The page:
Kaepernick’s Cry for Help: “Are We Asking the Right Questions?” by Greg Calvaire

Facebook post by Elmont Class of 2007 alum, Greg Calvaire:

Colin Kaepernick…NFL Quarterback. I just want to take a second to address Colin’s decision to boycott the national anthem in disdain for the police brutality in our country, in particular to[wards] blacks/minorities.

A lot of people feel that Colin is being selfish and contradicting himself by enjoying the fruits of a supposedly oppressive state. In many ways, his protest can certainly be viewed as a contradiction of sorts.

But, [here] you have a millionaire athlete risking his job, his endorsements, [and] future salary to make a stand on what he feels is an epidemic in this country. I don’t necessarily see how this is construed as selfish. Selfish would be to apologize for the boycott, tuck his feelings in and keep towing the line for [future] contract after contract.

Also, Colin’s actions have created more commentary from non-minorities than any of the police killings of unarmed men that we’ve seen in the past year alone.

How did we get to the point where we will defend a flag…an inanimate object more than we defend the lives of young minorities being mishandled by the police due to some kind of stereotype they’ve formed?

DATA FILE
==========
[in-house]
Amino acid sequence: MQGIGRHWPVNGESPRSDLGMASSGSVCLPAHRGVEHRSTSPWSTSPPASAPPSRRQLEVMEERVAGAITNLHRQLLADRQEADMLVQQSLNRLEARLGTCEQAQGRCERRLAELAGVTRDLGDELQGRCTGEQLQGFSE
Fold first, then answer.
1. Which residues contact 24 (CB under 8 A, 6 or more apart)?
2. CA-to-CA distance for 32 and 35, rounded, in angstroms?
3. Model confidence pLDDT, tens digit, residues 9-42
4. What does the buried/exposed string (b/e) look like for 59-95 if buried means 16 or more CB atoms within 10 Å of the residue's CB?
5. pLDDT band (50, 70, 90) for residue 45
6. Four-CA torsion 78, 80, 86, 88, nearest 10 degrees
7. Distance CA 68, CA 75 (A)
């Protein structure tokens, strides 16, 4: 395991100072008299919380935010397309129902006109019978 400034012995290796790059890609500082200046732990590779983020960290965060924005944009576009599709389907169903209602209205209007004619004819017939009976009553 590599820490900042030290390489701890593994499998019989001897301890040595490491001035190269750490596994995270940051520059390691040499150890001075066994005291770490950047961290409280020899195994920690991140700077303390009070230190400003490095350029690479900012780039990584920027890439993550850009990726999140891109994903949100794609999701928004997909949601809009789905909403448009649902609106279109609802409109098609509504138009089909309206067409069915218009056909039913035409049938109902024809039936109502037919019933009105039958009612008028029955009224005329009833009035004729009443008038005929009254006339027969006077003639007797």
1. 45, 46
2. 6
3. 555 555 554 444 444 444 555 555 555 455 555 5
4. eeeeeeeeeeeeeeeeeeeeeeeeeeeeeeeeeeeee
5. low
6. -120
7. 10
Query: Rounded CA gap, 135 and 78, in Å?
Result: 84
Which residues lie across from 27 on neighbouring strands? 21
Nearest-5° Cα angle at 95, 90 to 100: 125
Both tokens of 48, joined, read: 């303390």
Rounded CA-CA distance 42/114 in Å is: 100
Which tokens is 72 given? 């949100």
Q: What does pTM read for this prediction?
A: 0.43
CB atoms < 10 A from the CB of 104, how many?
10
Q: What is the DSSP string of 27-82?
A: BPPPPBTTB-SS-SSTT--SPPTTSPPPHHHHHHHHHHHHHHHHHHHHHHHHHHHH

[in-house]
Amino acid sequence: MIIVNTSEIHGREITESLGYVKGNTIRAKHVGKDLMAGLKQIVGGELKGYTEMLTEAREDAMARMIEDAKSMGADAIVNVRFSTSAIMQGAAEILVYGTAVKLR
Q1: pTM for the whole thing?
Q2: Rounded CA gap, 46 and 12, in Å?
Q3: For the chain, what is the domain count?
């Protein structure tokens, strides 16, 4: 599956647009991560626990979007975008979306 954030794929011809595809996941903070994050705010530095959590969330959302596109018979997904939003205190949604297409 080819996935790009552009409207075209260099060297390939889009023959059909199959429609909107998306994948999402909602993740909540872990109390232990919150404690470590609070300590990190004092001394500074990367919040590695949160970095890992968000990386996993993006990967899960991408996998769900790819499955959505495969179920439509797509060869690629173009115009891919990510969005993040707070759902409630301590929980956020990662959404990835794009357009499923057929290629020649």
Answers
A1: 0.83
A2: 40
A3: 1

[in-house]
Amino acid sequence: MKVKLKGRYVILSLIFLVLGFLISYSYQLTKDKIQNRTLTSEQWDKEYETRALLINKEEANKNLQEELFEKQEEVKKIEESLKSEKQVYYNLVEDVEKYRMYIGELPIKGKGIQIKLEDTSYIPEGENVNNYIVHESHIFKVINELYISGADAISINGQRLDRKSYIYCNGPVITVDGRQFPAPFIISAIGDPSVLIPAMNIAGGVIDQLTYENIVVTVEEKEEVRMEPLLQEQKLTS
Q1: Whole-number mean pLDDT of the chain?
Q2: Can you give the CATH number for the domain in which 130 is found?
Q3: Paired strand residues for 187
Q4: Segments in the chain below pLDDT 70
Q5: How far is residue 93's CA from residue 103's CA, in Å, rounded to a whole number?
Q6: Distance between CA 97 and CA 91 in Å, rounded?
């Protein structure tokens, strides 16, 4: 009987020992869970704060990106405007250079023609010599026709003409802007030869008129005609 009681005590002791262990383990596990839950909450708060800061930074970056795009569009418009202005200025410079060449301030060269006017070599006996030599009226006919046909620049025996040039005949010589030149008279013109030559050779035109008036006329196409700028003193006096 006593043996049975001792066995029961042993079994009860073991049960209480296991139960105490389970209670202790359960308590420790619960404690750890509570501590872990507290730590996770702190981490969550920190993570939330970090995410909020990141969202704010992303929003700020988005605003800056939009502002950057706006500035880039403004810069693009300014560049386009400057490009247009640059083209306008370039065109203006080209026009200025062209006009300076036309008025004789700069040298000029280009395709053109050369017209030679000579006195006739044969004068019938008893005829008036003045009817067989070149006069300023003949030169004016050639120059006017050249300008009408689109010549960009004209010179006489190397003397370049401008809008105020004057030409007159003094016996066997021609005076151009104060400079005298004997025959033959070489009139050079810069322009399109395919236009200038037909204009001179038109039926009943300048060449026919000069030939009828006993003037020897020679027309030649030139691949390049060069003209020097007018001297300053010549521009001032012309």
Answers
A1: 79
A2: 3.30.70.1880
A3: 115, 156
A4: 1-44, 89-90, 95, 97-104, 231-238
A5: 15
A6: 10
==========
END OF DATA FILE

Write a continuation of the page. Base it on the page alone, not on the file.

Why don’t people start asking the right question: what has disgusted a bi-racial, millionaire athlete in his prime to the point that he is willing to isolate himself and risk his career to make a stand? THAT is our biggest problem today.

There are millions of people who feel like this and don’t know how to get everyone’s attention. It feels like no one is listening or no one cares.

This is Colin’s cry for help. I respect it…and I’d love for us to start discussing how we can stop young men from feeling this way in America today.


An iconic photograph of the late, great Muhammad Ali who appears in the photo to be getting assaulted by the police. 


Last thought: When Muhammad Ali refused to serve in the army, I’m sure it disrespected many of those putting their lives on the lines but he risked his career, lost his title all to preserve his principles as a man and I think that symbol went a long way in the long term.

Thanks to Elmont grad, Greg Calvaire, for allowing us to share this thought-provoking post!

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